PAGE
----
I’ve done numerous outreach events, especially those geared toward girls, where activities tend to be more crafty than teaching future Engirlneers how to use the engineering process. While making lipstick or cookies is fun and gets girls’ attention, how can one turn these activities, or any activity, into an educational experience?
One of the easiest ways is to look at these activities from a project management standpoint, and ask yourself, as a leader, how you can incorporate these concepts into an activity? Primarily, consider scope, schedule, and budget. Often, “crafty” STEM activities have a set scope (what are we doing/what is our goal?), schedule (this activity will run for 1 hour), and budget (you will be given a set amount of items to work with), we just don’t think of how these can be altered to make Engirlneers think critically and be innovative. There are easy ways to incorporate these concepts into any activity to change it into an engineering lesson.
- Scope: Instead of giving Engirlneers instructions on how to achieve the end result, tell them the end result, and have them figure out how to get there on their own. Some activities are better suited for a change in scope, such as building a sky scraper or a bridge that can hold the most pennies. However, think of other ways in which someone could achieve the task at hand and provide them with the necessary items to come to a different, but successful, design.
- Schedule: This one can be tricky if you truly have a set time frame in which to work. However, by altering the scope and making the Engirlneers design their own solution, they have to figure out how to optimize their time to not only design a solution, but to also build it. Additionally, you can choose whether the Engirlneers can have multiple attempts to complete the scope as long as they get it done in the allotted time. For instance, if they are building a dome that has to hold 100 pennies, are they allowed to test their design and improve it if it fails? Another idea is that if they complete the project on time, maybe they get a reward or bonus.
- Budget: Budget is so much fun to play with and can be varied to accommodate whatever age group you’re working with.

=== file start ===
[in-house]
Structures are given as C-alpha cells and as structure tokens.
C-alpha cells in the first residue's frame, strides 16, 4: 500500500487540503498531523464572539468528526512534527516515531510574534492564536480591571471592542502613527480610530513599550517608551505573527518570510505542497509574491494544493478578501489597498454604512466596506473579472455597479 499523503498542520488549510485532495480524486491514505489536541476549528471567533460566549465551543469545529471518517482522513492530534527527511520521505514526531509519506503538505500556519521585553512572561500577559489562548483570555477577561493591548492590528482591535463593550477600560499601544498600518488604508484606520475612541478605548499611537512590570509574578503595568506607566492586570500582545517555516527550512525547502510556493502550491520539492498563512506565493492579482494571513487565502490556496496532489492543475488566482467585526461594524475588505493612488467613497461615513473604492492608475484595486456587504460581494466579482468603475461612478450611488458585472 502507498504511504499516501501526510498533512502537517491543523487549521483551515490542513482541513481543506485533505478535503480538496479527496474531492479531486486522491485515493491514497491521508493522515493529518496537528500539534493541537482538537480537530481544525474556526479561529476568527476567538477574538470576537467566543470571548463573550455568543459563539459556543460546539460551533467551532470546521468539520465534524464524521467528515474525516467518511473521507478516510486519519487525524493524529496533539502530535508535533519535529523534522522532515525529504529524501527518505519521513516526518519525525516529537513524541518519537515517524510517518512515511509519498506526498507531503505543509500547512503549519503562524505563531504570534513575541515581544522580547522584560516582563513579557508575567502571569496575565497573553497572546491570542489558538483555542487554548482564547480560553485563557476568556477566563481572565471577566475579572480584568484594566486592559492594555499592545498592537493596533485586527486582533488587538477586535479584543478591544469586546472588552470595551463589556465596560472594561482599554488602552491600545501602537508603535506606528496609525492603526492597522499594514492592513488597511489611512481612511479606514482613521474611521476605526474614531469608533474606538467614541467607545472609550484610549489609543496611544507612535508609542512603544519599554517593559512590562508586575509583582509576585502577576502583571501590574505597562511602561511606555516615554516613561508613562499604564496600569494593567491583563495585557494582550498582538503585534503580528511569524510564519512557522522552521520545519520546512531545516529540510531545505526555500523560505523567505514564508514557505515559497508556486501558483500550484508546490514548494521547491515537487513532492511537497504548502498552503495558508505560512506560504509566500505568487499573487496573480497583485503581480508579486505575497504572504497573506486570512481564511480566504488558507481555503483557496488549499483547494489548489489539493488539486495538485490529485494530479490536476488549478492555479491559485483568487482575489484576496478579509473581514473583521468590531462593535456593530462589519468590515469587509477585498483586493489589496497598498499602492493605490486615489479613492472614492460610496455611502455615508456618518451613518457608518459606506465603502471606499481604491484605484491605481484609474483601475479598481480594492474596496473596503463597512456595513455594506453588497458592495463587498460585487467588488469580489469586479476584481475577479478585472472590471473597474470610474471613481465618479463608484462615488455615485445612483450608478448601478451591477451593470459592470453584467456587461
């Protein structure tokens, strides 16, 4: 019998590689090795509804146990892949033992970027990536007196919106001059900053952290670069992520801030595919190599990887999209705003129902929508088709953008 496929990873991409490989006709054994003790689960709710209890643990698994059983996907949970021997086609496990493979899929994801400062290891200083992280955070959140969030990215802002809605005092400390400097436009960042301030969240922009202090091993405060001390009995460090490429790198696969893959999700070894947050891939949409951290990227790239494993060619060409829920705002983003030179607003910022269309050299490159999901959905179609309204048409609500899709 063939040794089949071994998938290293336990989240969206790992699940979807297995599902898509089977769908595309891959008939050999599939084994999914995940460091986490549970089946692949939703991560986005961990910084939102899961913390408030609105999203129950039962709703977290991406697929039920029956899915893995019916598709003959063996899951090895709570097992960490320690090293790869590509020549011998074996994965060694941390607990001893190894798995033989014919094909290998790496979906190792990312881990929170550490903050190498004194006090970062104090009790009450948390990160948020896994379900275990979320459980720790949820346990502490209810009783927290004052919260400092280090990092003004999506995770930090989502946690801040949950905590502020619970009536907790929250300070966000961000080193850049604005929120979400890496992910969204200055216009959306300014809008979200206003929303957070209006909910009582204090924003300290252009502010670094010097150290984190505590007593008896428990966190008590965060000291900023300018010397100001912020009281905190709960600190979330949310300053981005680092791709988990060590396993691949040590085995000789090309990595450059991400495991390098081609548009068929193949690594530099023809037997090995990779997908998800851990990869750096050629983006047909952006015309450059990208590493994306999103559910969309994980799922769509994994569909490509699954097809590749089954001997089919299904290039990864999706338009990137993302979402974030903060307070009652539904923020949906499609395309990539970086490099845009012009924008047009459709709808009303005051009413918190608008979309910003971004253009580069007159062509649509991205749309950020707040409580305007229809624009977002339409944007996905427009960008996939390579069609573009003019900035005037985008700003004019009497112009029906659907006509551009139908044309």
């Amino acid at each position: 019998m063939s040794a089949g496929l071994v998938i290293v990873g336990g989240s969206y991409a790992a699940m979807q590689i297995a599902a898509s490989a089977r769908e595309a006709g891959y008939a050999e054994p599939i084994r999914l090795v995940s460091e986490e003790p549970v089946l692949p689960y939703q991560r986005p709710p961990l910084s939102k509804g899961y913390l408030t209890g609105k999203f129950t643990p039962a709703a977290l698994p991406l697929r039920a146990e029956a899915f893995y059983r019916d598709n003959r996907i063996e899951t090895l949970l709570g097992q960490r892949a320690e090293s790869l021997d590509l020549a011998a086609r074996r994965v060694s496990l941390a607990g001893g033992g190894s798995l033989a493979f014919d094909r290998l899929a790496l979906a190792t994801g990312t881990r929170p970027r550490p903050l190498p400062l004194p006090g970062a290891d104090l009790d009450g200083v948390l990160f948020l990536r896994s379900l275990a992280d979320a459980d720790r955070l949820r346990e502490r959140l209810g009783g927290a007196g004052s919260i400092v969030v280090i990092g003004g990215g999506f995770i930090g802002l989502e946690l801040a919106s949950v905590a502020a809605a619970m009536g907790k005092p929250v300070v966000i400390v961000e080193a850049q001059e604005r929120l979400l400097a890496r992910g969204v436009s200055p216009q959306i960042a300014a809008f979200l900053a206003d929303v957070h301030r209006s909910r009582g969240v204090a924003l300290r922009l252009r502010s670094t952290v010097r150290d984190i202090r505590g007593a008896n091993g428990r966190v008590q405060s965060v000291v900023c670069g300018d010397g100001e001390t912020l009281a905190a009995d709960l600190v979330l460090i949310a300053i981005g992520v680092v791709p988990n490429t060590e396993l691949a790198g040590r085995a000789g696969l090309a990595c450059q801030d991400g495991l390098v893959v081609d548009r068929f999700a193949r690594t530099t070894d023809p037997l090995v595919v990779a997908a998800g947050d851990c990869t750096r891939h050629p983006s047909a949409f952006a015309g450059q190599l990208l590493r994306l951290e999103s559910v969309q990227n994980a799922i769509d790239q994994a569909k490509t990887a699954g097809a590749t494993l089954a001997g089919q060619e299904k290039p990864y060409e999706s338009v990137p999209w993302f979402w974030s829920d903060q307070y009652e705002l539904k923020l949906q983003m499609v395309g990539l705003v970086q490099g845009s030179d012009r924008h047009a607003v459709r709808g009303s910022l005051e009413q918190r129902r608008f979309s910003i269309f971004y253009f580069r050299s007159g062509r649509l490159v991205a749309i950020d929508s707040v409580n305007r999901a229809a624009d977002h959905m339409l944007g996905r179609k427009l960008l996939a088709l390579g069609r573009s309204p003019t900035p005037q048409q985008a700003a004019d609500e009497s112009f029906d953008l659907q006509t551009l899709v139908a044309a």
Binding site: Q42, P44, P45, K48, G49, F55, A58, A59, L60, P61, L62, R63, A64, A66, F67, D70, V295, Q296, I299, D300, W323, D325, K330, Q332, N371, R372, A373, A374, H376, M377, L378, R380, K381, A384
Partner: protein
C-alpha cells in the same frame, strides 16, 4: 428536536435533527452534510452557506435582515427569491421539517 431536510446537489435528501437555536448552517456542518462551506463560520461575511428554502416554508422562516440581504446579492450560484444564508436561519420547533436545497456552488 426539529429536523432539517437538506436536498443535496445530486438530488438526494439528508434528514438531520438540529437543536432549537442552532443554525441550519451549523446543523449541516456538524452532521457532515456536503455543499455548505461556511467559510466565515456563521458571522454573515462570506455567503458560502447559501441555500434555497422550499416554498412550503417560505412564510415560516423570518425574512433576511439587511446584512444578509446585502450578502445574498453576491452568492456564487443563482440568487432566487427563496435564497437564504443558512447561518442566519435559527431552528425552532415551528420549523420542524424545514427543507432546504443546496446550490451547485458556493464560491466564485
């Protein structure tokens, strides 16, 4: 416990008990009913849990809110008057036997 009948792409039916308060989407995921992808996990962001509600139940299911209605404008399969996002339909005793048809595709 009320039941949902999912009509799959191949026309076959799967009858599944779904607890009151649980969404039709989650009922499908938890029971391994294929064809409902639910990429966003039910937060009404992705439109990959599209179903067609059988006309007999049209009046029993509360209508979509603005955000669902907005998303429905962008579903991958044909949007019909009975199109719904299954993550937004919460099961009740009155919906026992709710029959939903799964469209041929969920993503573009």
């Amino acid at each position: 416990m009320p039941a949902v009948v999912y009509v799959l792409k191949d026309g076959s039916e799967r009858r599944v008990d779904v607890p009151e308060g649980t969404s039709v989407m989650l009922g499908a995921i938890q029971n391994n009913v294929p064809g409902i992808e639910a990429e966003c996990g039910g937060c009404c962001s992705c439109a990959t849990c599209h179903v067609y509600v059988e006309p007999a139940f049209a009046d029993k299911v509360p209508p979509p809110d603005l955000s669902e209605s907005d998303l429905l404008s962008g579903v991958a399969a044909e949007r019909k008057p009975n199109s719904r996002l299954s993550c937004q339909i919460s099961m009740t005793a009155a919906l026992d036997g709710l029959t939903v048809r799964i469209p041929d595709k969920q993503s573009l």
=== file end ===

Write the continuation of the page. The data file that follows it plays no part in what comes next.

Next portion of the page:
- For younger Engirlneers who don’t have a high level of math knowledge, you can give them a set quantity and tell them they don’t get any extra but they don’t have to use it all either.
- For older Engirlneers, you can assign each item a specific value, give them a “not to exceed” budget and allow their creativity to soar.
- You can also assign scores based on the weight of a structure or the number of items used. The lower weight (or lower quantity of materials) will be factored in to the final scores to determine a winner. This concept can also be applied with the schedule (less time equates to a better score).
THEN, THROW A WRENCH IN IT
After the Engirlneers are fully enthralled by the activity, think of problems you can throw their way that they have to solve. Maybe “the client” wants a taller skyscraper, or it needs to be wider. Decide if they get more budget to do so, or if they have to re-allocate materials from the rest of their design to complete the scope. Maybe a storm hits, and they lose 5 minutes of construction time; what can they do during 5 minutes of downtime to make sure they still get done on time? Explain to the future Engirlneers that these are problems that professional Engirlneers deal with every day. Projects never go as planned, and it is important to be able to adapt and come up with solutions to solve the problem.
MAKE THE ENGIRLNEERS EXPLAIN THEIR THOUGHT PROCESS
An important part of engineering is being able to explain a concept to a client or the community. Engirlneers need to get comfortable explaining their design.
FINALLY, WHAT DID THEY LEARN?
Engineering is all about learning from successes and mistakes. Ask the girls what they liked about the project, what they hated. What did they find difficult? What did they feel most proud of?
There are many ways to turn every activity into an engineering lesson. By thinking about scope, schedule, and budget, an activity leader can easily turn a “craft” into an engineering lesson. Following up on their thoughts and what they learned will further ingrain the engineering process into their minds.